“When I was younger I went through a phase of buying records in charity shops and I picked up a copy of Mirage and fell in love with both it and them. It was the record after Tusk, which was a bit of a disaster, so the band had a lot to prove. I think they felt like they were washed up but Mirage is every bit as good as Rumours.

I also really love Tango in the Night. “Everywhere” was one of the first Mac songs I ever heard and then a friend played it at our wedding, so it has a real emotional resonance. Christine McVie is my favourite of the songwriters. She has an amazing way with melodies. As with Paul McCartney, there’s a real simplicity to what she does. She shows what can be done with a few simple notes. A lot of people used to think Fleetwood Mac were naff, but perhaps that’s the price you pay for making truly universal pop music. I like the fact that the Mac can be cheesy. It’s a sign of a band with its heart on its sleeve.”

Nina Nesbitt, solo artist

Favourite album: Rumours

“I love the passion in Rumours. Every one of those songs was written about other people in the band, which just makes the music so real. I find it hard enough writing about personal stuff and singing it alone on stage. To be up there singing these hugely emotional songs about partners and ex-partners who are there performing alongside you, that’s just crazy. I recently covered ‘Don’t Stop’ for a John Lewis advert. I was determined not to stray too far from the original. Recording it was nerve-racking. All the time I was thinking: ‘Oh God, this is Fleetwood Mac’.”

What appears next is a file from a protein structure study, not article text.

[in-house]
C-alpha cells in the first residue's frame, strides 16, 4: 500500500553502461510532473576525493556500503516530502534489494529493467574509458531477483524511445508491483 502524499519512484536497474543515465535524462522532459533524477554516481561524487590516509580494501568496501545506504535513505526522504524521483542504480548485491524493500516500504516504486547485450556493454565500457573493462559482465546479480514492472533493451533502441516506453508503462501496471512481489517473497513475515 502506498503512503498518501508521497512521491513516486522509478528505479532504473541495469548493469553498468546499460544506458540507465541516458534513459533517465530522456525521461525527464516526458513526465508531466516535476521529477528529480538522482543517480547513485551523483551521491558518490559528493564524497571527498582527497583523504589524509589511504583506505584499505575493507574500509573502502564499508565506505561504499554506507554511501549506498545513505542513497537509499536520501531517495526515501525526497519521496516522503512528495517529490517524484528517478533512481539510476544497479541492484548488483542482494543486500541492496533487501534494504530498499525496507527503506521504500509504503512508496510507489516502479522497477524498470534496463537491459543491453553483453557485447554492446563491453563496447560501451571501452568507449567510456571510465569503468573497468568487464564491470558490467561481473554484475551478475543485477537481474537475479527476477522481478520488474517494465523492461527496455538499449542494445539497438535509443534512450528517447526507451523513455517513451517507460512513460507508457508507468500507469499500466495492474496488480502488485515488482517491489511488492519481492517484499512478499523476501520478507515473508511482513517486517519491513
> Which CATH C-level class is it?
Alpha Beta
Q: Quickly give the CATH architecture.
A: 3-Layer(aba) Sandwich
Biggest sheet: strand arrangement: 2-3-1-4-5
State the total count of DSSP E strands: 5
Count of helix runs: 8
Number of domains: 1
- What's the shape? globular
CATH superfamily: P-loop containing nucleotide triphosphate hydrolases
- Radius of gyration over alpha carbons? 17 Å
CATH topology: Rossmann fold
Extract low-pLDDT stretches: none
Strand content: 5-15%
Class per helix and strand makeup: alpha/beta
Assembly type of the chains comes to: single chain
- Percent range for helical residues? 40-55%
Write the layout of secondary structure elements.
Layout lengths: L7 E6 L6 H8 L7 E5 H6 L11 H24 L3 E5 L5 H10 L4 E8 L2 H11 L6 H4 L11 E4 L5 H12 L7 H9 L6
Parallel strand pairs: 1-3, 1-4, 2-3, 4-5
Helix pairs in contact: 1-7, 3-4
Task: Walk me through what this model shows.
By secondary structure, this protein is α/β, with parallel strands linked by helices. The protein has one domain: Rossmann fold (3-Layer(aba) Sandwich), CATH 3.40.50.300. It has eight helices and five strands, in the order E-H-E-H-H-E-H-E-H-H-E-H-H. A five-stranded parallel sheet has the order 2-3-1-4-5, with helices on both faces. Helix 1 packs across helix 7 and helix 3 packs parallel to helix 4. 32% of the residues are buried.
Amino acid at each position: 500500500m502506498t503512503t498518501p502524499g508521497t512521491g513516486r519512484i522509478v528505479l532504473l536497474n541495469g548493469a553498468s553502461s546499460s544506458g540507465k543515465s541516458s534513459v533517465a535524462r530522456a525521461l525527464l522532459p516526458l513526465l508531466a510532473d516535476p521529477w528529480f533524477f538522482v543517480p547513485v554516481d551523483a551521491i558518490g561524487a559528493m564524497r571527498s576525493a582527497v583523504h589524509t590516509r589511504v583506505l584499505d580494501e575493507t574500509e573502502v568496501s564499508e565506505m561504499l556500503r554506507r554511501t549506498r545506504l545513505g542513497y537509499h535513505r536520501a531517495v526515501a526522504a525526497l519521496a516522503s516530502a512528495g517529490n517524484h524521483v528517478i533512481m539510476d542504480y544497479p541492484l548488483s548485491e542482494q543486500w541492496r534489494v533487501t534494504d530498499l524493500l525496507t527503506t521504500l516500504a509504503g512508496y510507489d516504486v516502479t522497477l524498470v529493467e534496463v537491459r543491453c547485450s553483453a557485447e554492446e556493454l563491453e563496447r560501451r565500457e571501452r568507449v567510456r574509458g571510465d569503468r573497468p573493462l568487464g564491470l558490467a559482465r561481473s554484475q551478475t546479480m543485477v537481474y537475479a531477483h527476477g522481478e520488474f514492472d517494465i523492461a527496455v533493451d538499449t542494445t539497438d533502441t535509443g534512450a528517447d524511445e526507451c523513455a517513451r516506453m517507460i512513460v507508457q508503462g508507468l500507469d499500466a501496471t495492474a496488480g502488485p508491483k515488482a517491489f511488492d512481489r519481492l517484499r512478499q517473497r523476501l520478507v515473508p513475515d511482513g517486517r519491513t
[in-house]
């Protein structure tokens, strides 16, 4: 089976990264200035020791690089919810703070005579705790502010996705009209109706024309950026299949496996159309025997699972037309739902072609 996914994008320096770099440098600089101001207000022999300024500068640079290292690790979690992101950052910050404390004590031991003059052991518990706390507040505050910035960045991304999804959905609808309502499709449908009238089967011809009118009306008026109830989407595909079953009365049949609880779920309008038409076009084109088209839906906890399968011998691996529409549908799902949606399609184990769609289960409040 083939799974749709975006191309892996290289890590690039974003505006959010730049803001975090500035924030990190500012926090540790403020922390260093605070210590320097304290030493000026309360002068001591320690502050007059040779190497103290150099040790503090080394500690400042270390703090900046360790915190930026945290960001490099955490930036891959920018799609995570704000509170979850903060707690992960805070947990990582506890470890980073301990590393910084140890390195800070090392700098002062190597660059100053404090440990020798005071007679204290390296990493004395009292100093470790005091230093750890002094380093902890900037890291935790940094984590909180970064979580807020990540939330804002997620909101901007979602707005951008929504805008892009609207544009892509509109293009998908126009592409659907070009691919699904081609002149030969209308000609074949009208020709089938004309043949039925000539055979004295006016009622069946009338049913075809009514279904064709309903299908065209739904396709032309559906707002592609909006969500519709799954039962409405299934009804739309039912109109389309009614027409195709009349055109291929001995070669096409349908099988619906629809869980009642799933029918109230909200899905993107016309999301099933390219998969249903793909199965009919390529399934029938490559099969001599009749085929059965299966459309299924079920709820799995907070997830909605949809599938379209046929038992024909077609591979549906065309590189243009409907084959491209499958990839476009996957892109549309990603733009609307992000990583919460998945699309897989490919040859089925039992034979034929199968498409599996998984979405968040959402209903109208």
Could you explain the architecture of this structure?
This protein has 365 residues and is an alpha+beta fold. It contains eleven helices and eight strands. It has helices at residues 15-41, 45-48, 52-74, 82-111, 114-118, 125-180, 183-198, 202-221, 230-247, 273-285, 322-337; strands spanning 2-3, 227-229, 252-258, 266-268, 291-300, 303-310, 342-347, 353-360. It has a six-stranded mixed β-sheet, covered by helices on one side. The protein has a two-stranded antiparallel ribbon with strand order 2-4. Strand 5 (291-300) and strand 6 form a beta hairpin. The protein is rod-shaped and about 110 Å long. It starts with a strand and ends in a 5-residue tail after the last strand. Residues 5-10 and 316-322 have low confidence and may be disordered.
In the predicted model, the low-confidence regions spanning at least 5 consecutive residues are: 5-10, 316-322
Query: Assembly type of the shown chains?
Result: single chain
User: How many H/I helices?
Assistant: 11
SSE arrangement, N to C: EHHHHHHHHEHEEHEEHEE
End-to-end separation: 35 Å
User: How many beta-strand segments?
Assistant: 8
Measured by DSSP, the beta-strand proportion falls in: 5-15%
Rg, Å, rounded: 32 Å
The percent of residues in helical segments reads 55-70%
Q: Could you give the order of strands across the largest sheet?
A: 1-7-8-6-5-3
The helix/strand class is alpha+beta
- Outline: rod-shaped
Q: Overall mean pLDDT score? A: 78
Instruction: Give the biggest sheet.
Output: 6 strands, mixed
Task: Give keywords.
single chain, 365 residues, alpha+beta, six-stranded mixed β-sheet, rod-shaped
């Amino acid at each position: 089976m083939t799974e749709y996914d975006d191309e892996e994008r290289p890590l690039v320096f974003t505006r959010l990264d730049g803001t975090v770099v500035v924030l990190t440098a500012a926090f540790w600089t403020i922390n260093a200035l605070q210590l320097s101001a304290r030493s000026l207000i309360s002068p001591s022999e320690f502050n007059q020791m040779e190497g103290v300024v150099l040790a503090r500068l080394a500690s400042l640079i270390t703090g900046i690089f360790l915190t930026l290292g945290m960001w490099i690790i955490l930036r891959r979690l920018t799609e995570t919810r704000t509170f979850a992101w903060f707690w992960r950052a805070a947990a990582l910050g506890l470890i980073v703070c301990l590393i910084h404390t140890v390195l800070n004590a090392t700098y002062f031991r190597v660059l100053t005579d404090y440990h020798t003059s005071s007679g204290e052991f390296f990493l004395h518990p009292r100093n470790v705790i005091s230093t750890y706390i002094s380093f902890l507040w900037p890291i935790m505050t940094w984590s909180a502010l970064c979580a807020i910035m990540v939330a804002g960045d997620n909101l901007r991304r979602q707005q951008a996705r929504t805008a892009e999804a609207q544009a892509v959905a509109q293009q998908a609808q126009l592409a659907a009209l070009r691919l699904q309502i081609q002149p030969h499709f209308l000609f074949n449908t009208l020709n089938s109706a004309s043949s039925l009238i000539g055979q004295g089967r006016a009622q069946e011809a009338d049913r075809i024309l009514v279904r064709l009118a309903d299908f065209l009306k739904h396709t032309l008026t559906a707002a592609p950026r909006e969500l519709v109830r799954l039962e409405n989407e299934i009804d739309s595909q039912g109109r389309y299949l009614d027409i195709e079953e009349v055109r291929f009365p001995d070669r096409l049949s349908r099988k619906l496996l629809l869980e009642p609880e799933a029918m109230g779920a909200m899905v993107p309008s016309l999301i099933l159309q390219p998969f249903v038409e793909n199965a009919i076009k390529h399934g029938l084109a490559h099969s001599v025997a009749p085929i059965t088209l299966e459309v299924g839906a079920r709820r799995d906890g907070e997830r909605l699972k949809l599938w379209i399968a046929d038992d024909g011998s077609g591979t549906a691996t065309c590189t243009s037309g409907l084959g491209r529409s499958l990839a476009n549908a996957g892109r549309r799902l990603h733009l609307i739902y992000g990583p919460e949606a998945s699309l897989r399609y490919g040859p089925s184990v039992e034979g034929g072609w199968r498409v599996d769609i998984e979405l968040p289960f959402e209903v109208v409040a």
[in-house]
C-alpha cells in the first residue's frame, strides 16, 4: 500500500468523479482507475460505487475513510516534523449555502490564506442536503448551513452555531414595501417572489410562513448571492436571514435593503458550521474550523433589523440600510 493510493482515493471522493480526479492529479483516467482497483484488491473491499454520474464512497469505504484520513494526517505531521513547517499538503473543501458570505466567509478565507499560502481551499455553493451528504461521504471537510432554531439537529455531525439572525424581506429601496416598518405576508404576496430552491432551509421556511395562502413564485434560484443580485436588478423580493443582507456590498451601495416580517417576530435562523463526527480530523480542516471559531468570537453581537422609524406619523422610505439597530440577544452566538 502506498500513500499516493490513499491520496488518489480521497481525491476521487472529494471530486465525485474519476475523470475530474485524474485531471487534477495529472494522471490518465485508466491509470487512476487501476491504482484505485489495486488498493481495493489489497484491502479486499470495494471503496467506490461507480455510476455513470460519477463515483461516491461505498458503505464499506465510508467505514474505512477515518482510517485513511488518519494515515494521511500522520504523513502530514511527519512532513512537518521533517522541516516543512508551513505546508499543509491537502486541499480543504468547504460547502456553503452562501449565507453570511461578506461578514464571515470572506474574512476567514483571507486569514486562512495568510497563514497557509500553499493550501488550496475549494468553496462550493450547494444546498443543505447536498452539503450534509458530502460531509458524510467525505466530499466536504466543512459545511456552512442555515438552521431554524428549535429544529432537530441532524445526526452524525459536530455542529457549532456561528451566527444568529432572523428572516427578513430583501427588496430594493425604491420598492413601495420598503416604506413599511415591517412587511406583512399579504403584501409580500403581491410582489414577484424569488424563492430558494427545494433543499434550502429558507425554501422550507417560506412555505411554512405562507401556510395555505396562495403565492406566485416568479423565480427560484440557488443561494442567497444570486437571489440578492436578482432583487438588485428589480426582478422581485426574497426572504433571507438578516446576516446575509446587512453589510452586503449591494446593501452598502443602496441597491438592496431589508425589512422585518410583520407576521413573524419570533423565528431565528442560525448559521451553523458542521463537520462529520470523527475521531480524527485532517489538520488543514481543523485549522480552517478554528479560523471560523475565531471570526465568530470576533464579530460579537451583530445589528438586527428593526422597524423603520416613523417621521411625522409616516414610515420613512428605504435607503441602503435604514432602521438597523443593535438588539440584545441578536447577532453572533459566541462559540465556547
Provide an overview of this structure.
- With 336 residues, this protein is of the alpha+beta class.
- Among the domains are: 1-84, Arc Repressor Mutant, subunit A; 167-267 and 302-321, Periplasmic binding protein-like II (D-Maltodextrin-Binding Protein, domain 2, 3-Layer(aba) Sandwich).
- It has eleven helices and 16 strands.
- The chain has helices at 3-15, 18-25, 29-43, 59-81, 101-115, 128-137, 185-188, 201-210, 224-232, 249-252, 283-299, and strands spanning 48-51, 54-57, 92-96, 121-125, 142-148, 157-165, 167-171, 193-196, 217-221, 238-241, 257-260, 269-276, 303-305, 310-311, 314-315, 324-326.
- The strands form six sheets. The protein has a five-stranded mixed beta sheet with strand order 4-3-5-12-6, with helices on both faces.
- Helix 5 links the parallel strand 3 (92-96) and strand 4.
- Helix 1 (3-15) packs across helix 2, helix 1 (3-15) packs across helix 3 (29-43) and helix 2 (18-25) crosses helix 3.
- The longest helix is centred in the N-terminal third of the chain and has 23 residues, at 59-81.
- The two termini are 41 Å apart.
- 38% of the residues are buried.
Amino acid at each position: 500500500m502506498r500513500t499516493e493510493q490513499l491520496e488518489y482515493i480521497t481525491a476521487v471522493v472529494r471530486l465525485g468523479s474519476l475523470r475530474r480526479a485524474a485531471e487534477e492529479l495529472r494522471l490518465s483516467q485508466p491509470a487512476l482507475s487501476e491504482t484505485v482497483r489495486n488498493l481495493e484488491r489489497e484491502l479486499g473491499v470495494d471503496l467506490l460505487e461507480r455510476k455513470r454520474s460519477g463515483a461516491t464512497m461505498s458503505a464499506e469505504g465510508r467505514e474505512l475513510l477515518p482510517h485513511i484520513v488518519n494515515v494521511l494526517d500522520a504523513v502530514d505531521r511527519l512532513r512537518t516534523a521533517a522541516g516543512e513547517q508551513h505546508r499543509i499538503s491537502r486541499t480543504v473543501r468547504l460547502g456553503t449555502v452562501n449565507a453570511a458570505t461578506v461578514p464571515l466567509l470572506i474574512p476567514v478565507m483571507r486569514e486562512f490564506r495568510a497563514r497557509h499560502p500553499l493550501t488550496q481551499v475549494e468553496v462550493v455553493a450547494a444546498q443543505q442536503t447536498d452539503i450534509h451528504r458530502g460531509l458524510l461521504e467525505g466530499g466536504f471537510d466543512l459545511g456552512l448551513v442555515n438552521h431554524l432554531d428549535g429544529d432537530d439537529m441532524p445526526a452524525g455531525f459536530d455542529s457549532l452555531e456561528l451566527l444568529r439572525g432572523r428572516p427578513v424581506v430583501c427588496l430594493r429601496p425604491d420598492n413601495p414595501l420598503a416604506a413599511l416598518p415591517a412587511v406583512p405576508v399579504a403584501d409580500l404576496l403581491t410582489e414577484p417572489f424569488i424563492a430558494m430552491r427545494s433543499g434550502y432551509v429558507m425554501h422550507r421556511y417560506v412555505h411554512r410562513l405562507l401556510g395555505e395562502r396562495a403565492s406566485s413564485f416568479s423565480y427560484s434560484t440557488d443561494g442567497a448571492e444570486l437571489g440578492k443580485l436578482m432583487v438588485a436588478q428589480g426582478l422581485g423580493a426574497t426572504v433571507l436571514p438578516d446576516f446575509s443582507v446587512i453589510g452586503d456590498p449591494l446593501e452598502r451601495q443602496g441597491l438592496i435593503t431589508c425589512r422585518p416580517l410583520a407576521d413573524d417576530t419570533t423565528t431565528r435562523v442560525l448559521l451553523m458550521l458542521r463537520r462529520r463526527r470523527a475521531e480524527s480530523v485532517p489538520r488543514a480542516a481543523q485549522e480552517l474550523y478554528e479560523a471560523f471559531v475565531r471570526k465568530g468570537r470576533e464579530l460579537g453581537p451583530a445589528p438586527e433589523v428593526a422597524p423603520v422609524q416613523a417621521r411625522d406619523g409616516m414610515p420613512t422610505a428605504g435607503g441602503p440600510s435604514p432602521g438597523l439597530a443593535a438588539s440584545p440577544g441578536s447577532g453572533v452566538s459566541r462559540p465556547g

Fleetwood Mac’s UK and Ireland tour begins on 24 September at the O2, London. Nina Nesbitt’s cover of “Don’t Stop” is released on 30 September. Lee Ranaldo and The Dust’s LP ‘Last Night on Earth’ is released on 8 October. Summer Camp’s self-titled album is out now.

Arts and Entertainment
Blackman: Landscape of children’s literature does not reflect the cultural diversity of young people
booksMalorie Blackman appeals for a better ethnic mix of authors and characters and the illustrator Quentin Blake comes to the rescue
Arts and Entertainment
'Eminem's recovery from substance abuse has made him a more potent performer, with physical charisma and energy he never had before'
musicReview: Wembley Stadium ***
Arts and Entertainment
‘Dawn of Planet of the Apes’ also looks set for success in the Chinese market

film
News
Arts and Entertainment
The successful ITV drama Broadchurch starring David Tenant and Olivia Coleman came to an end tonight

tv
PROMOTED VIDEO
Have you tried new the Independent Digital Edition apps?
Arts and Entertainment
Chocolat author Joanne Harris has spoken about the financial struggles most authors face

books
Arts and Entertainment
A scene from How To Train Your Dragon 2

Review: Imaginative storytelling returns with vigour

film
Arts and Entertainment
Josh Hutcherson, Donald Sutherland and Jena Malone in Mockinjay: Part 1

film
Arts and Entertainment

film
Arts and Entertainment
Characters in the new series are based on real people, say its creators, unlike Arya and Clegane the Dog in ‘Game of Thrones’
tv
Arts and Entertainment
A waxwork of Jane Austen has been unveiled at The Jane Austen Centre in Bath

books
Arts and Entertainment
Britney Spears has been caught singing without Auto-Tune

music
Arts and Entertainment
Unless films such as Guardians of the Galaxy, pictured, can buck the trend, this summer could be the first in 13 years that not a single Hollywood blockbuster takes $300m

tv
Arts and Entertainment
Miley Cyrus has her magic LSD brain stolen in this crazy video produced with The Flaming Lips

music
Arts and Entertainment
Gay icons: Sesame Street's Bert (right) and Ernie

tv
Arts and Entertainment
Singer Robin Thicke and actress Paula Patton

music
Arts and Entertainment
The new film will be shot in the same studios as the Harry Potter films

books
Arts and Entertainment
Duncan Bannatyne left school at 15 and was still penniless at 29

Bannatyne leaves Dragon's Den

TV
Arts and Entertainment
The French economist Thomas Piketty wrote that global inequality has worsened

books
Arts and Entertainment
David Tennant and Benedict Cumberbatch

TV
Arts and Entertainment
Ben Affleck plays a despondent Nick Dunne in David Fincher's 'Gone Girl'

film
Arts and Entertainment
Pete Doherty (L) and Carl Barât look at the scene as people begin to be crushed